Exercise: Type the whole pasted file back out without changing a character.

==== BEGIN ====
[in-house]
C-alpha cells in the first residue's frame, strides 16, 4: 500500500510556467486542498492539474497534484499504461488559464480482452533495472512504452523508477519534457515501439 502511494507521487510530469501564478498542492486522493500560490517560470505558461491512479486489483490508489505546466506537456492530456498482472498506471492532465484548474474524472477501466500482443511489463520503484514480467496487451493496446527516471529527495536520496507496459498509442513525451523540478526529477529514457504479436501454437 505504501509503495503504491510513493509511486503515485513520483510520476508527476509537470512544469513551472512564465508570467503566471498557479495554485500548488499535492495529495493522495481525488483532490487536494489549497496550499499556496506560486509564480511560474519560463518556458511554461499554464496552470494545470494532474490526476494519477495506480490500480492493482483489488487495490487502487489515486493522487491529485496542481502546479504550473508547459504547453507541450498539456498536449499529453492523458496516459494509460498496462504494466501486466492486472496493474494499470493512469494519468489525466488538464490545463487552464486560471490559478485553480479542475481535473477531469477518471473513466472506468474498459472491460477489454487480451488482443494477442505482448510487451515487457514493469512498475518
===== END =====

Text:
[in-house]
C-alpha cells in the first residue's frame, strides 16, 4: 500500500510556467486542498492539474497534484499504461488559464480482452533495472512504452523508477519534457515501439 502511494507521487510530469501564478498542492486522493500560490517560470505558461491512479486489483490508489505546466506537456492530456498482472498506471492532465484548474474524472477501466500482443511489463520503484514480467496487451493496446527516471529527495536520496507496459498509442513525451523540478526529477529514457504479436501454437 505504501509503495503504491510513493509511486503515485513520483510520476508527476509537470512544469513551472512564465508570467503566471498557479495554485500548488499535492495529495493522495481525488483532490487536494489549497496550499499556496506560486509564480511560474519560463518556458511554461499554464496552470494545470494532474490526476494519477495506480490500480492493482483489488487495490487502487489515486493522487491529485496542481502546479504550473508547459504547453507541450498539456498536449499529453492523458496516459494509460498496462504494466501486466492486472496493474494499470493512469494519468489525466488538464490545463487552464486560471490559478485553480479542475481535473477531469477518471473513466472506468474498459472491460477489454487480451488482443494477442505482448510487451515487457514493469512498475518